I am away from home, staying in Paris as of now to participate to the various events organized for the Fukushima 6th Anniversary. I also have a computer problem, my computer is kaput.
So I am unable for the time being to post the news updates on the blogs and on FB. Sorry.
I will share with you a news articles list, for you to use to read what has been published in the last 3 days.
Some articles’ links from 10th, 11th & 12th March.2017 :
Fukushima disaster evacuees told to return to abandoned homes
The Semi-Secret Plan To Tunnel Under Fukushima Daiichi
Japanese school children who survived Fukushima meltdown are being subjected to ‘nuclear bullying’
Nuclear energy industry lacks new talent as Fukushima fallout turns off graduates
Frozen Clocks and Radiation Mark Fukushima’s Abandoned Towns
Le retour contraint et forcé des réfugiés de Fukushima
Six ans après la catastrophe nucléaire de Fukushima, le suivi sanitaire interpelle les spécialistes
Akira Mizubayashi : «Le pouvoir veut que nous vivions l’après-Fukushima dans le déni»
SIX YEARS AFTER: 34,000 people in Tohoku region still in makeshift housing units
Kenta Sato Breakwater factory, Iitate
Des évacués de Fukushima victimes de harcèlement
Fukushima : où l’on tente encore de nous faire croire que le nucléaire pourrait être moteur de la redynamisation rurale – Une catastrophe sans fin, par Cécile Asanuma-Brice *
EDITORIAL: Divisions still haunt residents of Fukushima on 6th anniversary
Decontamination work in Fukushima Pref. far from finished business
Six years after outbreak of crisis, Fukushima nuclear workers continue to face slander, discrimination: survey
Singapore keeping in place Fukushima food import curbs, six years after disaster
The illusion of normality at Fukushima
Only 6% of Fukushima nuclear disaster compensation paid by TEPCO
Six Years Of Fukushima: Six Lessons
24,000 evacuees not counted by Fukushima govt.
Fukushima Radiation, What Prospects for Humanity
A Fukushima Survivor’s Story – Setsuko Kida
Kyoko Kugawa-Albu, of Asuka Association with Herve Courtois (D’un Renard)
6 years later, the catastrophe at Fukushima is still far from being resolved, still ongoing. 3 reactor core meltdowns still releasing radioactive nanoparticles into the open skies, contaminated water still leaking continuously into the Pacific ocean, plus partially decontaminated water also been dumped into the ocean.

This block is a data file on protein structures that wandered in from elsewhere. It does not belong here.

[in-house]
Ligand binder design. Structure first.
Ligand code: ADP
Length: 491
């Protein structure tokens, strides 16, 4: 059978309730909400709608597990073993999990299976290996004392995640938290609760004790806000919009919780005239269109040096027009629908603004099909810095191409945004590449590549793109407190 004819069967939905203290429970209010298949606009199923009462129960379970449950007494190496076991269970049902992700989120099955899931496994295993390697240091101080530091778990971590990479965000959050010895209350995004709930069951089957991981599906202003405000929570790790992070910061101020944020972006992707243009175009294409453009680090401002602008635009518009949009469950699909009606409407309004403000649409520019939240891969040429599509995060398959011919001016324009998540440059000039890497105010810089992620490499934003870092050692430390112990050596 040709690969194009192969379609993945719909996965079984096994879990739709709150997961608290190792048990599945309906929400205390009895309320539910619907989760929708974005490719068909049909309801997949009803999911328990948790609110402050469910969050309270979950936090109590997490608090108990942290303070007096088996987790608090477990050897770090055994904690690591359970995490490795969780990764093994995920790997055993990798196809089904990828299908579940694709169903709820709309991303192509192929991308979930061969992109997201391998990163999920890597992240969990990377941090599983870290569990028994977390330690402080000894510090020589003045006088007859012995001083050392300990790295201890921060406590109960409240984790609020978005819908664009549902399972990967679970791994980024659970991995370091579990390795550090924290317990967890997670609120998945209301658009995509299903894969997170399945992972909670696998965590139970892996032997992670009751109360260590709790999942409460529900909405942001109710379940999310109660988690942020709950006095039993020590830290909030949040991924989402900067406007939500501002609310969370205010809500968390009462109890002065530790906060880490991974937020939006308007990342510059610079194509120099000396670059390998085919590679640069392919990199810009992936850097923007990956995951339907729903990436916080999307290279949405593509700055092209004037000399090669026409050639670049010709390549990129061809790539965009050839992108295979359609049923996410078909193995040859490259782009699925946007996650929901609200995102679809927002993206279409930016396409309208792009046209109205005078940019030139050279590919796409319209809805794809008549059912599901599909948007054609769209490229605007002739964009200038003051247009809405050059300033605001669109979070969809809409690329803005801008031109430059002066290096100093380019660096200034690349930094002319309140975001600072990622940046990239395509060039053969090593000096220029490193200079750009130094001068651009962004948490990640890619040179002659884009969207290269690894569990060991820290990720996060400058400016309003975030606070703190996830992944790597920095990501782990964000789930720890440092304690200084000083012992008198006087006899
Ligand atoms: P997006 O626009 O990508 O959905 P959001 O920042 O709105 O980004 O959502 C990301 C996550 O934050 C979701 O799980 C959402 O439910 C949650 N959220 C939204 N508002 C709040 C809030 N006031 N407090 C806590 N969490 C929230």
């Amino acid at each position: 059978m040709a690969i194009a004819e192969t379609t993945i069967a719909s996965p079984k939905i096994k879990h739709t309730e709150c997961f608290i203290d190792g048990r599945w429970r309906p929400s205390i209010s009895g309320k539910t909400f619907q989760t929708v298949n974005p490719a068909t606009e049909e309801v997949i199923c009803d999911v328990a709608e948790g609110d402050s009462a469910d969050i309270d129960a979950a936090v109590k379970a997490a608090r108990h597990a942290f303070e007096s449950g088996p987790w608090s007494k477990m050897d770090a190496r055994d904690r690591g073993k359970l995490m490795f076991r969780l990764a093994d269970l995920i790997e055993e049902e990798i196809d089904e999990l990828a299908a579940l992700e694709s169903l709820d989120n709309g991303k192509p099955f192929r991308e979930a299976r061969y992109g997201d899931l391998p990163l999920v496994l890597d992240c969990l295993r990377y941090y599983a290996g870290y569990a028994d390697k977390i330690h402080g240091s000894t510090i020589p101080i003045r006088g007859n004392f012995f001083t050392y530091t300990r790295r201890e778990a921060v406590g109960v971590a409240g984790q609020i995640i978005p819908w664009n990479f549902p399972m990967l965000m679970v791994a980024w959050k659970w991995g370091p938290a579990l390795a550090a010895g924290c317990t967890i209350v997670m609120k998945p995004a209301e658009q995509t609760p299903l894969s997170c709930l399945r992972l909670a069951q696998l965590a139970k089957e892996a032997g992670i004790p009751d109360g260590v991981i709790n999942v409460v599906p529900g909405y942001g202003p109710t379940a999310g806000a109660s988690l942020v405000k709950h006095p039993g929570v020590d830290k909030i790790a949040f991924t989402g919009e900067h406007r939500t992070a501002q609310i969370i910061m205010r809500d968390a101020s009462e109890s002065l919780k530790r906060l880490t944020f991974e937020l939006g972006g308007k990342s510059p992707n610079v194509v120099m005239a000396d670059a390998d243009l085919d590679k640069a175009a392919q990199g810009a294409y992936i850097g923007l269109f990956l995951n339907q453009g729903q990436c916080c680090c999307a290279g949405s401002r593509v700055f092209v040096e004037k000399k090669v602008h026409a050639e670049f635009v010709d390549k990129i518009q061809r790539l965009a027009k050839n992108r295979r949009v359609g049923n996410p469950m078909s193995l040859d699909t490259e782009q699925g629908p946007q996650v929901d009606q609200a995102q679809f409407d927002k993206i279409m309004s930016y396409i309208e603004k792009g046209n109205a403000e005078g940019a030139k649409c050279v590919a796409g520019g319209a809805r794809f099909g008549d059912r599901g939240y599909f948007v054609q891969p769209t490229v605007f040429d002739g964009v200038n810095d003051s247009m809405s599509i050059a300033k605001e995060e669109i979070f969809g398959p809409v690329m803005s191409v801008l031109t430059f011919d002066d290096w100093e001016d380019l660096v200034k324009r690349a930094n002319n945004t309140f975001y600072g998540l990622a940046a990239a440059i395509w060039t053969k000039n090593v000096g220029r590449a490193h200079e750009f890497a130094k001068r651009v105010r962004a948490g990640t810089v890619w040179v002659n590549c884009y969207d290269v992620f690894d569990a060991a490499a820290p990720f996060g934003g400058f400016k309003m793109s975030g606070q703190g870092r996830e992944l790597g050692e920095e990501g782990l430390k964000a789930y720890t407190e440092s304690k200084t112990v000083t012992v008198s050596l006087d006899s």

All available information and figures controlled by Tepco and the Japanese government, with no independent party allowed to verify the veracity of the given information. A massive permanent public relations campaign of disinformation and denial, to brainwash the Japanese population and the whole world that everything is now under control and ok, denial of the radiation risks for the people health, economics being the Japanese government priority, not the population health protection. Evacuated persons coerced to return to live with high radiation in their previously evacuated townships. So that Japan would seem safe, clean and beautiful to welcome the Tokyo 2020 Olympics.
If Fukushima taught us one thing it is that people should not expect the government to protect them nor corporations to be held responsible in time of nuclear disaster.
This written article is based on officially released data by Tepco and the Japanese government, therefore all the figures and claims should be therefore taken with a pinch of salt. Always keep in mind that the officially released information does not really teach us the essential about the still ongoing catastrophe and about its victims getting more abandoned than ever.
Key figures for the sixth anniversary
The main aim of the work is to secure the damaged reactors which are still threatening. In the vicinity, the dose rates are such that the attendance time must be very limited, which complicates the work. See the latest official Tepco document with dose rates. http://www.tepco.co.jp/en/nu/fukushima-np/f1/surveymap/images/f1-sv2-20170224-e.pdf
The reactor vessel was empty on March 11, 2011, and there was no melting of the core, but a hydrogen explosion destroyed the reactor building. Since December 2014, the reactor fuel pool has been emptied and the work is stopped.
There was a core meltdown and a hydrogen explosion destroyed the reactor building. All debris from the upper part were removed using remotely operated gear. A new building that will cover the whole and allow to empty the fuel pool is being assembled. The dose rate is so high that the work is more complex than expected and the site has fallen behind.